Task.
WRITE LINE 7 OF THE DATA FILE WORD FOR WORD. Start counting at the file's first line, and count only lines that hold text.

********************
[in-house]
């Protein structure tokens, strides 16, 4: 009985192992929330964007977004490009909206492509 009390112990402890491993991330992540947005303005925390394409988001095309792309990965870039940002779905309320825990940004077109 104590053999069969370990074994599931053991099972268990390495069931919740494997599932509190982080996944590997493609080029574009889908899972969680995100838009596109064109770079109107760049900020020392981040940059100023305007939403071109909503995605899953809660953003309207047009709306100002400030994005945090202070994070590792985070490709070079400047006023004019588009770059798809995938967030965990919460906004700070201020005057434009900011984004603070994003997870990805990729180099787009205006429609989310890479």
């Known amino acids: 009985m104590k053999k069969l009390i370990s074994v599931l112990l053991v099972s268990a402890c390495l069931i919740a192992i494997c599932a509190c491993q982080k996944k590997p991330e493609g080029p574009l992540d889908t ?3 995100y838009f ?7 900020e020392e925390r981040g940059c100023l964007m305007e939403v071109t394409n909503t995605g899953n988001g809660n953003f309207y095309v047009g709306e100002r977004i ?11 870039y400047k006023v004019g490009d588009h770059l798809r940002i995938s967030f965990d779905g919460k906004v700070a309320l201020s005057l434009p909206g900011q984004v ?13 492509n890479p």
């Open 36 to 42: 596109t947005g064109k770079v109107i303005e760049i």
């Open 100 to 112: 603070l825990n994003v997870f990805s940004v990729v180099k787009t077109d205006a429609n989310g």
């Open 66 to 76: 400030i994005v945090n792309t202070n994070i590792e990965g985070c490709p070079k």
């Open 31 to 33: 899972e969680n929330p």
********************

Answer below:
């Open 31 to 33: 899972e969680n929330p």